Evaluation of a Staff Dementia Patient Agitation Training

dc.contributor.advisor Kataoka-Yahiro, Merle
dc.contributor.author Tom, Michelle Mariko
dc.contributor.department Nursing Practice
dc.date.accessioned 2022-10-19T22:36:15Z
dc.date.available 2022-10-19T22:36:15Z
dc.date.issued 2022
dc.description.degree D.N.P.
dc.identifier.uri https://hdl.handle.net/10125/103917
dc.subject Gerontology
dc.subject Medicine
dc.subject Behavioral sciences
dc.subject agitation
dc.subject behavioral disturbances
dc.subject dementia
dc.subject staff training
dc.title Evaluation of a Staff Dementia Patient Agitation Training
dc.type Thesis
dcterms.abstract Problem Statement: Psychological and behavioral issues are seen in the majority of patients with dementia. Certified nursing assistants (CNA) at long-term care facilities regularly encounter these agitated behaviors, however they are often not equipped with the necessary training needed to respond and prevent these behaviors. Purpose: To evaluate a dementia agitation training program for CNAs and its impact on patient agitation at Hale Kuike Pali. Methods: Two dementia education modules were developed, covering topics on how to make positive connections with dementia patients, how to overcome communication challenges, and techniques on how to respond to agitated episodes. Training was provided to staff over a one-month period. Patient agitation was assessed by the Director of Nursing pre- and post-training using the Pittsburgh Agitation Scale (PAS) to evaluate the training program for staff. Results: Of the 25 CNAs at Hale Kuike Pali, 23 completed the dementia training program (92%). After the staff training was completed, the pre- and post-staff training PAS scores were compared. No changes were seen in aberrant vocalizations; percentage changes in mean scores were a 33% decrease in motor agitation (1.8-1.2), a 27% increase in aggressiveness (1.1-1.4), and a 7.7% increase in resisting care (1.3-1.4). Discussion: The dementia education training program showed promising results in reducing motor agitation, however, decreases in aberrant vocalizations, aggressiveness, and resisting care were not found. This could be due to several confounders or biases related to type of measurement tool, project design, and sample size. For future projects, ongoing refresher training programs and selection of a measurement tool that evaluates patient behavior over an extended amount of time are recommended.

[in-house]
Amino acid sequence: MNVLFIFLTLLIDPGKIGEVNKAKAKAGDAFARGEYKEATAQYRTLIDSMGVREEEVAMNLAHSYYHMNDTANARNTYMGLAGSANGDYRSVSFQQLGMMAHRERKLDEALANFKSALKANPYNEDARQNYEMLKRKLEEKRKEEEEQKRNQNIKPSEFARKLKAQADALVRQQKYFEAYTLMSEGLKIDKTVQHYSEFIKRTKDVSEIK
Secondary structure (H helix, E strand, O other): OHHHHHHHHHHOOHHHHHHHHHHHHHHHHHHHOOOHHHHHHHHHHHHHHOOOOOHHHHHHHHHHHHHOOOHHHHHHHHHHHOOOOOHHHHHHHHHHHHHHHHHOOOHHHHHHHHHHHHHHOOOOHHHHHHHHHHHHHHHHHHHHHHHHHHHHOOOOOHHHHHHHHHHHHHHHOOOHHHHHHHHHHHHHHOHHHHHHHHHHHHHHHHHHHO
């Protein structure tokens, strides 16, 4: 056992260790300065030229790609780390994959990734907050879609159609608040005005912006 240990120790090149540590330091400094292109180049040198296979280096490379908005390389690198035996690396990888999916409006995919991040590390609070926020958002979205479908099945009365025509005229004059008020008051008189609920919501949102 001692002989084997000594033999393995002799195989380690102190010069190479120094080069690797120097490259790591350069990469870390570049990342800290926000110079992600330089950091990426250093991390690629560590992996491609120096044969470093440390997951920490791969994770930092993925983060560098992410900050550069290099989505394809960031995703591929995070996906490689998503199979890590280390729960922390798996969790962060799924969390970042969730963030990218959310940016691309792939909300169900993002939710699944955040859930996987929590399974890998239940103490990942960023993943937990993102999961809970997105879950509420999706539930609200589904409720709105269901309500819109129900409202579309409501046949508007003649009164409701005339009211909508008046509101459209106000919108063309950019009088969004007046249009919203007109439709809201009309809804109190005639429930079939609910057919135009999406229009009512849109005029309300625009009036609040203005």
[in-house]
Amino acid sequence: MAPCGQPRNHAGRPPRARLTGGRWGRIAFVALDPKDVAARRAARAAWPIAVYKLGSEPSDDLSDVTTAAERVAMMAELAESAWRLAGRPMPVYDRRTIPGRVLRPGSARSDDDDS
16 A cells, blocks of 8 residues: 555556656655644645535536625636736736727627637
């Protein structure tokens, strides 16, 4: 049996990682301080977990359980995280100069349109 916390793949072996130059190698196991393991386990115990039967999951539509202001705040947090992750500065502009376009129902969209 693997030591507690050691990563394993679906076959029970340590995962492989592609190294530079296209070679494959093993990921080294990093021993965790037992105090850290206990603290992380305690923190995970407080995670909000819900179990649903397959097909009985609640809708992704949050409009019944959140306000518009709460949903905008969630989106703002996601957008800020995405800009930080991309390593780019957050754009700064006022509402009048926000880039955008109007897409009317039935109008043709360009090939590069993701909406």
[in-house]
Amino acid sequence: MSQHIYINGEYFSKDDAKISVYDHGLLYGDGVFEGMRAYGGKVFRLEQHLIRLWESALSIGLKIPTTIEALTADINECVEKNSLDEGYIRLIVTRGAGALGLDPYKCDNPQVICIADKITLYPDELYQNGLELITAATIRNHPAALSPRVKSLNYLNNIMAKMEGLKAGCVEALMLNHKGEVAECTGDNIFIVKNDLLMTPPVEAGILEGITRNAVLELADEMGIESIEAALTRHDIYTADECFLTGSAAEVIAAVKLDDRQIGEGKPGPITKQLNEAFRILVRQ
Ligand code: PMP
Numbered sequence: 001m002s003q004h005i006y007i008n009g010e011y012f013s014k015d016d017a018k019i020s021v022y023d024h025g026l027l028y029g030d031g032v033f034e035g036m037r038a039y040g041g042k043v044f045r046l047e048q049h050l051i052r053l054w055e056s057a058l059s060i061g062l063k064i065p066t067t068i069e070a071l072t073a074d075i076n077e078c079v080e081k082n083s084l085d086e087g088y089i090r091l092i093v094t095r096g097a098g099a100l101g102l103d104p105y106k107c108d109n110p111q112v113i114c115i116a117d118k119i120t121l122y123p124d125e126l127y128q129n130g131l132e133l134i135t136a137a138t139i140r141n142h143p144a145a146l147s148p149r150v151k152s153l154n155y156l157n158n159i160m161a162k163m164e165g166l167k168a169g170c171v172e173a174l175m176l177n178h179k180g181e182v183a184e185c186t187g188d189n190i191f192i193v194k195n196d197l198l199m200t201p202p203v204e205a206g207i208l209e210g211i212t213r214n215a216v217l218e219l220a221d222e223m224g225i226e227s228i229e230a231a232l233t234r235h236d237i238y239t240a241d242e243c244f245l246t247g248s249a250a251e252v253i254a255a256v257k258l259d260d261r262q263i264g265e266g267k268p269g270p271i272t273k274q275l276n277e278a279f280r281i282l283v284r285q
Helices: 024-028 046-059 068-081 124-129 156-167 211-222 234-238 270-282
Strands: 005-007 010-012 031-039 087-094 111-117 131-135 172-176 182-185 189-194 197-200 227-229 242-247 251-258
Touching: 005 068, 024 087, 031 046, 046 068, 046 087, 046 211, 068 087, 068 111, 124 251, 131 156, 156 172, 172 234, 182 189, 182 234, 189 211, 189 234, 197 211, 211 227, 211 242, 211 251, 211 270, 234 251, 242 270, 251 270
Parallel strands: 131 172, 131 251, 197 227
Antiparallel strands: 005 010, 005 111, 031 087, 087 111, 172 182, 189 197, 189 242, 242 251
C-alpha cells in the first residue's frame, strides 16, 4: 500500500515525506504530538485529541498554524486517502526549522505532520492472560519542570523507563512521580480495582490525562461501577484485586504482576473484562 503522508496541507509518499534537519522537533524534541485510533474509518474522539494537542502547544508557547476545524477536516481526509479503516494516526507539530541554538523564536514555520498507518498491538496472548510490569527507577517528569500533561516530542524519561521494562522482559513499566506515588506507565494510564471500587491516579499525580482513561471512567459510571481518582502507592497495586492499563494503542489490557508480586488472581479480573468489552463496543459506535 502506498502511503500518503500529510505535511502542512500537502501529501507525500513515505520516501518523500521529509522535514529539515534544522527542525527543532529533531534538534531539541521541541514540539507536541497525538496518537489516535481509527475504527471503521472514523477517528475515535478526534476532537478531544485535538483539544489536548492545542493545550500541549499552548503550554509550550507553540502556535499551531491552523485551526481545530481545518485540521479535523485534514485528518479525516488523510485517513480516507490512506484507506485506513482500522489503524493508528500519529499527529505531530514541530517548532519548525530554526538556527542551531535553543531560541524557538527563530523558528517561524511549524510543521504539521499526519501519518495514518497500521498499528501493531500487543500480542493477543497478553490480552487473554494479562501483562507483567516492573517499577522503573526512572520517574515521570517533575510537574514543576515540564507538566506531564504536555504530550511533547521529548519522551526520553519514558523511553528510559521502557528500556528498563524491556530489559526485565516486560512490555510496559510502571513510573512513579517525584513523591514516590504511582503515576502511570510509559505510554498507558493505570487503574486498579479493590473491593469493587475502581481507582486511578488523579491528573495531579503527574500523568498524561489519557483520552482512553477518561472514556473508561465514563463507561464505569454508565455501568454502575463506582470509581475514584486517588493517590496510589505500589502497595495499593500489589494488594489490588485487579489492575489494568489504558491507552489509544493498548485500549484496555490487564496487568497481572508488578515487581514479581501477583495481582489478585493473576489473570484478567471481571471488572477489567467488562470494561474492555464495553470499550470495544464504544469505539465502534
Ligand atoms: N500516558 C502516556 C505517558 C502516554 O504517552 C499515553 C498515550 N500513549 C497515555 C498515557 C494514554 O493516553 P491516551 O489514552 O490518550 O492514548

dcterms.extent 40 pages
dcterms.language en
dcterms.publisher University of Hawai'i at Manoa
dcterms.rights All UHM dissertations and theses are protected by copyright. They may be viewed from this source for any purpose, but reproduction or distribution in any format is prohibited without written permission from the copyright owner.
dcterms.type Text
local.identifier.alturi http://dissertations.umi.com/hawii:11298
Original bundle
Now showing 1 - 1 of 1
No Thumbnail Available
1.3 MB
Adobe Portable Document Format